by beth sorensen

Draped in vibrant fabric, enveloped by the vast cityscape of Sydney. This is who we are. This is our world. Wherever we go, we dance.

– Agal Dance Company, Magnify artist


This album is a representation of …core themes…an honest course through post invasion Aboriginal land, from a particular perspective, as much as it can be shared. Mine. 

– Shannon Smith, Magnify artist

This year, six artists have embarked on developing new ideas through conversations and research as part of the Magnify program.

Working across visual arts, music, dance, film, performance and writing, the work is inspired by the artists’ relationship in and surrounding Blacktown, the places and spaces that invoke artistic expression and connection to our suburb.

Keep an eye out on our blog and socials for weekly updates on the incredible artists building this artistic platform from the ground up. Step into the world of home studios, zoom rehearsals and first-time collaborations to follow the artists’ creative process throughout this development.

What is Magnify?

Magnify profiles new works by emerging artists from western Sydney, with the aim of supporting new and diverse voices and multi-artform practices that engages audiences in new ways and places. It explores connection to place and our City’s multifaceted identity.

Magnify is a place-based response to creative expression and artistic exchanges between artists and places in western Sydney.

COVID-19 restrictions have heavily impacted the way the Magnify artists are approaching their work during the creative development. Restricted to online meetings, rehearsals and a more isolated and separate making experience, artists have persevered to make work and use the limitations as a creative launchpad. Many of the artists reside in and are connected to communities in LGA’s labelled “of concern”. What this means for the community and the experience of more restrictive measures in place for western Sydney is the current landscape where the creativity in Magnify comes from.

With one successful iteration in 2019, Blacktown arts hopes to launch a second version of Magnify in 2022. We are committed to developing a platform that is unique to western Sydney and amplifies the work of artists in the region on their terms and innovating on festival and artist development models.

The Magnify creative development is supported by the Australia Council for the Arts and Create NSW.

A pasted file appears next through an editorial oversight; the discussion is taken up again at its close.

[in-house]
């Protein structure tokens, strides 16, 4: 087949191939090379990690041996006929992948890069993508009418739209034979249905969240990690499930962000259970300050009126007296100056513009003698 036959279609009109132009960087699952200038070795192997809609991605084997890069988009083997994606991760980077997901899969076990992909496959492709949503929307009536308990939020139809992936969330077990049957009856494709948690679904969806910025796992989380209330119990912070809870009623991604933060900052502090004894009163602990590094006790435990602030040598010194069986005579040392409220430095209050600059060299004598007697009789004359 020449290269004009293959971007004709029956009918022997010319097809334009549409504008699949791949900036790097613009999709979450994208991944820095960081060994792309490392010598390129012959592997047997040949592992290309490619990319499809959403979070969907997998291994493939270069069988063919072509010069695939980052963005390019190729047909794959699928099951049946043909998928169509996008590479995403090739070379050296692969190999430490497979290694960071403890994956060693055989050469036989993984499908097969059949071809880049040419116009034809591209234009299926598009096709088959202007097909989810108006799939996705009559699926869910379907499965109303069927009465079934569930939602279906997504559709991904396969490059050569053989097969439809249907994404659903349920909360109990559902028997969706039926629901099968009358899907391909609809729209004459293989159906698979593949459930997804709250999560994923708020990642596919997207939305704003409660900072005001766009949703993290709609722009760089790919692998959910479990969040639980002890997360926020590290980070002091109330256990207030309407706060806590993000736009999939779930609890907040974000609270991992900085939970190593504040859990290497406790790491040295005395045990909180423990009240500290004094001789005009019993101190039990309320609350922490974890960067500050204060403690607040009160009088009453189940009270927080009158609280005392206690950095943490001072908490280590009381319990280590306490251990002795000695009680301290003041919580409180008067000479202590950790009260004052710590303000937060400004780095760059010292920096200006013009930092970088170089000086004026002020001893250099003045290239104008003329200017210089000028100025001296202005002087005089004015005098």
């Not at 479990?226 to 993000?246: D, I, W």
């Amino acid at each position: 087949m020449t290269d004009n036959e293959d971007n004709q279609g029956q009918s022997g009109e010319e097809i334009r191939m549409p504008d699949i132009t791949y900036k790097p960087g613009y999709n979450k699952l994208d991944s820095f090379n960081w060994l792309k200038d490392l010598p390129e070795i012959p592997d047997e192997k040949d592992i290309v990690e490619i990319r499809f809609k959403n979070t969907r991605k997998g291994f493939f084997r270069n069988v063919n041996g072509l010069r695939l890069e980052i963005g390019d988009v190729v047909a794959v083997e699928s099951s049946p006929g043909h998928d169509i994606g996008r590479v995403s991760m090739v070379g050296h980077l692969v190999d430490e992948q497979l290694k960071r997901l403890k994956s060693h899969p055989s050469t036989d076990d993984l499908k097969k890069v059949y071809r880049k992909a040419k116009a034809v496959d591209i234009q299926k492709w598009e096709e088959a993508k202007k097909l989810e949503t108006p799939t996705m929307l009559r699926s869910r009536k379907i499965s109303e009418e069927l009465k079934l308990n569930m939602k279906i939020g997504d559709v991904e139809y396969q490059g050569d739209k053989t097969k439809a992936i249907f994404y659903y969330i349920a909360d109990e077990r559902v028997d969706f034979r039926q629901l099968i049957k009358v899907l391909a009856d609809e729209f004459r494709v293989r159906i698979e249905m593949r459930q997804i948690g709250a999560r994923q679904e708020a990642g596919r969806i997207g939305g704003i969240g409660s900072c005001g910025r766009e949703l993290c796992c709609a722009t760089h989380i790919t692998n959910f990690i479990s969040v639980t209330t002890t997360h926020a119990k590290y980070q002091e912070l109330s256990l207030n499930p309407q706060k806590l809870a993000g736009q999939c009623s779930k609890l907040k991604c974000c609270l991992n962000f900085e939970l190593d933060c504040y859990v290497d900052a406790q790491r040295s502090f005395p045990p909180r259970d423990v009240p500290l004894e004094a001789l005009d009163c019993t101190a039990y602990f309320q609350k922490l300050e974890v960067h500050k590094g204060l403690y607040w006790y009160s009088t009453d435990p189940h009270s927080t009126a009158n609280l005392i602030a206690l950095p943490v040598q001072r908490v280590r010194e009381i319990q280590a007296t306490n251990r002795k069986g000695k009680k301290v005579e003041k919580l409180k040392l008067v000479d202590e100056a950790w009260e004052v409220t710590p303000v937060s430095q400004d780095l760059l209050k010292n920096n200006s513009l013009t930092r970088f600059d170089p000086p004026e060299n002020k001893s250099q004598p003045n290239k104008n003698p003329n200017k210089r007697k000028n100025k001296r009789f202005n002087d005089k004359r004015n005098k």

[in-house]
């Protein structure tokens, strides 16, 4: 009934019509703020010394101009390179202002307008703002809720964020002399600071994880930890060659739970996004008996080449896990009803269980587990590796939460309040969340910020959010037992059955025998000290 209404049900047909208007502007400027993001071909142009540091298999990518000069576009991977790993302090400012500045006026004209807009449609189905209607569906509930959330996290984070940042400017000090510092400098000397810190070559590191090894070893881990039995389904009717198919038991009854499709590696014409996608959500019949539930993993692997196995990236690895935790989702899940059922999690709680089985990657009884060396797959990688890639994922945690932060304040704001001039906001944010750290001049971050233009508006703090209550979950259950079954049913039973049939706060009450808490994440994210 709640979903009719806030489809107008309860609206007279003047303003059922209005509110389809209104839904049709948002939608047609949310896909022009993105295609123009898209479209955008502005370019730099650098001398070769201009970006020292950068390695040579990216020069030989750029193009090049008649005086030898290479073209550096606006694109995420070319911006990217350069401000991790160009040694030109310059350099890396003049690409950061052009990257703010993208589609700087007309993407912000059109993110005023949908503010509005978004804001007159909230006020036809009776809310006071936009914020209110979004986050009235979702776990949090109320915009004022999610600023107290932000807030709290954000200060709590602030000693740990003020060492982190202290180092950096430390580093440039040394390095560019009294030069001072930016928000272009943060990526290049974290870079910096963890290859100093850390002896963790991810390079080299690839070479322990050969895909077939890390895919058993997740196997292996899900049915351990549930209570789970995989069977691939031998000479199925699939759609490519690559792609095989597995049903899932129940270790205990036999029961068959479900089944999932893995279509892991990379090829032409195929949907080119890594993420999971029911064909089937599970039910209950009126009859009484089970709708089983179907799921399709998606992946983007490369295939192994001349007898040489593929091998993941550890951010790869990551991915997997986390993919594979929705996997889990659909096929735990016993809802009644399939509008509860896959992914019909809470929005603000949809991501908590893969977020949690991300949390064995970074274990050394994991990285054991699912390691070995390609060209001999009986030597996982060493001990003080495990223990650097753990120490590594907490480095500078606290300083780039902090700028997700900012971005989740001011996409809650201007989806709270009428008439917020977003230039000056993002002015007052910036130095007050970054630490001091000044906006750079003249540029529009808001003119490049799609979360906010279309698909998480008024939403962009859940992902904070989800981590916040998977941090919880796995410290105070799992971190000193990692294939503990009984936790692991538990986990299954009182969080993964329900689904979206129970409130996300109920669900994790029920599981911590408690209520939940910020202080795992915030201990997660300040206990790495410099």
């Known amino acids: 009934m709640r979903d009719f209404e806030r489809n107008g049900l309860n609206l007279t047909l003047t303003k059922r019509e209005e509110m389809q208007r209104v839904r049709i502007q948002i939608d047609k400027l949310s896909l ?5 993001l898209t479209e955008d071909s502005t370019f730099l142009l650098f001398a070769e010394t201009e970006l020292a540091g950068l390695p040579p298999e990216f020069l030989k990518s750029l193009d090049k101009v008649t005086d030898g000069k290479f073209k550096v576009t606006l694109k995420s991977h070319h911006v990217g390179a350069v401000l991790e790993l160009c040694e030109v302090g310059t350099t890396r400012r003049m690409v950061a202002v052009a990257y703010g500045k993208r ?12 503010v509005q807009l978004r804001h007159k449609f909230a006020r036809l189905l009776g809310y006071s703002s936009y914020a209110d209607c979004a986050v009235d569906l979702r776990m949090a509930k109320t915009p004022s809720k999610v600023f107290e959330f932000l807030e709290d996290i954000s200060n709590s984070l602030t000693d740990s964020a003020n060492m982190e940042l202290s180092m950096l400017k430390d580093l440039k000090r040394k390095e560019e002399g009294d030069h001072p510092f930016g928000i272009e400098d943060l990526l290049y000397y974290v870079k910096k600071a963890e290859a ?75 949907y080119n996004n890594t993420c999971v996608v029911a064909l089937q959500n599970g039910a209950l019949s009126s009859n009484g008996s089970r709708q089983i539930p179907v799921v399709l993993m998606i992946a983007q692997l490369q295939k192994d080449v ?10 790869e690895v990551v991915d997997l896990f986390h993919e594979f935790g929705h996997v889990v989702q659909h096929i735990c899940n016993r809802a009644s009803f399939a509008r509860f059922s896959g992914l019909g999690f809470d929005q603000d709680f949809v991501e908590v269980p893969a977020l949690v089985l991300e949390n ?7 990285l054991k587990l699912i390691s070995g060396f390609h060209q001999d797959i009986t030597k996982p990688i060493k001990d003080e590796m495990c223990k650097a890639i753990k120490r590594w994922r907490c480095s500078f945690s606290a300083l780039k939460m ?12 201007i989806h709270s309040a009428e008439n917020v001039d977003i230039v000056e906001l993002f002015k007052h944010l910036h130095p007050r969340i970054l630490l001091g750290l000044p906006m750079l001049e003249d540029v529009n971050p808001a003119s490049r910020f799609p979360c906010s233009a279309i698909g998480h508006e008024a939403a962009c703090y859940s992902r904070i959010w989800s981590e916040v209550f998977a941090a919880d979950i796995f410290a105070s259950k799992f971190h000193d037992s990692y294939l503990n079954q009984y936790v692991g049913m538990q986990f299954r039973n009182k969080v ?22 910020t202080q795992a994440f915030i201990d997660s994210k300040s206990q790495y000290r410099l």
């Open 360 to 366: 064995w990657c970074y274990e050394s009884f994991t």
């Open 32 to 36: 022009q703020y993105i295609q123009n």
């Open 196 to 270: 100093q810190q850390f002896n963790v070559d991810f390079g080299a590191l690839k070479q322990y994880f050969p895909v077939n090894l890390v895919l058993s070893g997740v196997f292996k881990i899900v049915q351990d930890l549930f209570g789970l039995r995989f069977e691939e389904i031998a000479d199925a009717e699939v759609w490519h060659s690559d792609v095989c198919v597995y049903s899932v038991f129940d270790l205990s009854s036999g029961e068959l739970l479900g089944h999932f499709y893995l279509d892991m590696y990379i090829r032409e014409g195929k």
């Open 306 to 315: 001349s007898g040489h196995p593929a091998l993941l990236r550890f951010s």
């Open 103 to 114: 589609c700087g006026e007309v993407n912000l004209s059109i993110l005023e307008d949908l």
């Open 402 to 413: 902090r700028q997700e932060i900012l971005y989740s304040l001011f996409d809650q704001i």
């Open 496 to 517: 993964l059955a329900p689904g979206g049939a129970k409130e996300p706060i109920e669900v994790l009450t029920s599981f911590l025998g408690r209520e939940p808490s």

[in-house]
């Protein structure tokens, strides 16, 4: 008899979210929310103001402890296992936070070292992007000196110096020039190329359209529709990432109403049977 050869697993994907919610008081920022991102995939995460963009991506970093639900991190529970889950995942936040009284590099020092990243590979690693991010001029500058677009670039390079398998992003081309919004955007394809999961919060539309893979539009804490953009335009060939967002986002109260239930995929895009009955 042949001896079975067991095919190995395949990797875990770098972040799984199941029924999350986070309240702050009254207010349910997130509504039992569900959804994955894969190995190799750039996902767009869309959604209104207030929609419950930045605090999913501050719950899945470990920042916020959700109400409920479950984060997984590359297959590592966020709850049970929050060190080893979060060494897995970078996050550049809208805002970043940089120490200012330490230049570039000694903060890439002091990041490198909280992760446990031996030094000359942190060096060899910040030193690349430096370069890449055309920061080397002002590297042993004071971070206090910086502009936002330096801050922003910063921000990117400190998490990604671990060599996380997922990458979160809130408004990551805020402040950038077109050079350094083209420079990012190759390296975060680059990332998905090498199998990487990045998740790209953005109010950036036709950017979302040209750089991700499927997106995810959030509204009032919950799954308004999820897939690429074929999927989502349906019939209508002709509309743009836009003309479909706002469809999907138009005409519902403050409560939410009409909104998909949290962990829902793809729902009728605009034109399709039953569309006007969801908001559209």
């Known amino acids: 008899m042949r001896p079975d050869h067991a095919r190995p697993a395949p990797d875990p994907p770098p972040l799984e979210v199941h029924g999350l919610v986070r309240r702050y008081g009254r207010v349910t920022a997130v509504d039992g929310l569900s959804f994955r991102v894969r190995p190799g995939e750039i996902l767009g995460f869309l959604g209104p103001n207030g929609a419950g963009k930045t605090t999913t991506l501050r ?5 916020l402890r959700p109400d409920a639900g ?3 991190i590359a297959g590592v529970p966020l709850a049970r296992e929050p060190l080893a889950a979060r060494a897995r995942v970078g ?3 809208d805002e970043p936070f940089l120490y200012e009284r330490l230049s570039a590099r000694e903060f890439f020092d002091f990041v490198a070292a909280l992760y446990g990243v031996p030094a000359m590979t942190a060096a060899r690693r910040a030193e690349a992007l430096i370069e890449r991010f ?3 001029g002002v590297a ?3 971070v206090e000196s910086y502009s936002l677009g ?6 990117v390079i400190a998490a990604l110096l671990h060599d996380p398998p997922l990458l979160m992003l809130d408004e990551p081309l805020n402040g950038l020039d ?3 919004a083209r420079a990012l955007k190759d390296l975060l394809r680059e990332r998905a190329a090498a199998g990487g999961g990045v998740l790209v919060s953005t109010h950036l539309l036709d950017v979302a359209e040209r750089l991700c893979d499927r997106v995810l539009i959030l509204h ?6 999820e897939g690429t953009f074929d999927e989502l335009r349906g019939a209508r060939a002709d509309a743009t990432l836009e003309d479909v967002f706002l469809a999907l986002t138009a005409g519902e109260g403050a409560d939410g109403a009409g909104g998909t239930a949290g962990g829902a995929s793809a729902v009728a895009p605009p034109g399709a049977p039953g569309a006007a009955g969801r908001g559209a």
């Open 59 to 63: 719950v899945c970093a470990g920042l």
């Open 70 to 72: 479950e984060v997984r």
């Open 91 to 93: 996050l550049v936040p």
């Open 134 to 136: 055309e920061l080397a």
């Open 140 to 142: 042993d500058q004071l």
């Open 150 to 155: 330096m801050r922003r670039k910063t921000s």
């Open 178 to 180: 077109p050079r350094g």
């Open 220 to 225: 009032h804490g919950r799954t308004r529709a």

Agal Dance
Agal Dance Company was established in August 2018 and is based in Parramatta.  A contemporary dance company, Agal explores the style of Bharathanatyam (South Indian Classical Dance). It is the only company in Australia using a South Asian vocabulary to critically think about the world and the issues affecting the Australian South Asian diaspora.

Agal has recently presented for MCA ARTBAR, Radha’s House Party, curator Shahmen. Vivid  2019, Critical Path (SPACE Program 2020) and Force Majeure (INCITE, 2020). Agal is currently in development for new full-scale work based in Seven Hills to be premiered at Magnify (Blacktown Arts).

Rizcel Gagawanan
Rizcel Gagawanan is a Filipina-Australian actor, writer, and producer originally from unceded Turrbal land but now lives and works on unceded Gadigal Land. She has performed on stage and screen, and has worked in writers’ rooms for several television programs. Rizcel is the co-founder and co-producer of Ka-llective Productions, a Sydney-based collective of Filipinx and Asian Australian creatives from multiple disciplines. Rizcel is a proud member of Sweatshop, a literacy movement in Western Sydney. Rizcel’s latest short story, Act Like a Filipino, is featured in Racism: Stories on Fear, Hate & Bigotry (Sweatshop, 2021). She was previously on the board of Women in Theatre and Screen, and was part of Sport for Jove’s 2020 Producer Mentorship Program and Darlinghurst Theatre Company’s 2019 Emerging Theatre Makers Program

Emily Johnson
Emily Johnson is a 27 year old Barkindji, Latjilatji, Wakka Wakka and Biri Gubba woman originally from Broken Hill, living and working in Sydney on Gadigal country. Emily is the program coordinator for Solid Ground – an initiative that provides Aboriginal and Torres Strait Islander education and employment opportunities in the arts through Carriageworks and Blacktown Arts. She is also the visual artist and online content creator and viral Tik Tokker behind the handle ‘howdoidelete1’.